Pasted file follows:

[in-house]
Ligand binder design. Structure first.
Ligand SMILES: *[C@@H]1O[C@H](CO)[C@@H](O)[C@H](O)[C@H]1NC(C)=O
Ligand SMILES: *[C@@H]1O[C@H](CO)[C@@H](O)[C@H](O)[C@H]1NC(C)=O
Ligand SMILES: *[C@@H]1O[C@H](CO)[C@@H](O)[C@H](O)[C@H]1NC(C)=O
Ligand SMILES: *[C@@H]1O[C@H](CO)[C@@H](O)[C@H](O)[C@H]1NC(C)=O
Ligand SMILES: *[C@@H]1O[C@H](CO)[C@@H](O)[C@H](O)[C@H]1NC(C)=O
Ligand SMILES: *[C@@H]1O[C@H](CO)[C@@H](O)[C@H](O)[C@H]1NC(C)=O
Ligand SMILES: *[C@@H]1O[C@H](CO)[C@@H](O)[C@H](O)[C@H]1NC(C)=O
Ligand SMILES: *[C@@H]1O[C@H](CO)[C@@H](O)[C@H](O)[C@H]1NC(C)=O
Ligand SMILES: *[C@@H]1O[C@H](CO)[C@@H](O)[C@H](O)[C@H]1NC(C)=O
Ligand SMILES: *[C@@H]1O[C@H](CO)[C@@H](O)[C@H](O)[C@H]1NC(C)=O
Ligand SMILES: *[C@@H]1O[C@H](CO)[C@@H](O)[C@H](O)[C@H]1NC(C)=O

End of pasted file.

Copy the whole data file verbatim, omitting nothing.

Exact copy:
[in-house]
Ligand binder design. Structure first.
Ligand SMILES: *[C@@H]1O[C@H](CO)[C@@H](O)[C@H](O)[C@H]1NC(C)=O
Ligand SMILES: *[C@@H]1O[C@H](CO)[C@@H](O)[C@H](O)[C@H]1NC(C)=O
Ligand SMILES: *[C@@H]1O[C@H](CO)[C@@H](O)[C@H](O)[C@H]1NC(C)=O
Ligand SMILES: *[C@@H]1O[C@H](CO)[C@@H](O)[C@H](O)[C@H]1NC(C)=O
Ligand SMILES: *[C@@H]1O[C@H](CO)[C@@H](O)[C@H](O)[C@H]1NC(C)=O
Ligand SMILES: *[C@@H]1O[C@H](CO)[C@@H](O)[C@H](O)[C@H]1NC(C)=O
Ligand SMILES: *[C@@H]1O[C@H](CO)[C@@H](O)[C@H](O)[C@H]1NC(C)=O
Ligand SMILES: *[C@@H]1O[C@H](CO)[C@@H](O)[C@H](O)[C@H]1NC(C)=O
Ligand SMILES: *[C@@H]1O[C@H](CO)[C@@H](O)[C@H](O)[C@H]1NC(C)=O
Ligand SMILES: *[C@@H]1O[C@H](CO)[C@@H](O)[C@H](O)[C@H]1NC(C)=O
Ligand SMILES: *[C@@H]1O[C@H](CO)[C@@H](O)[C@H](O)[C@H]1NC(C)=O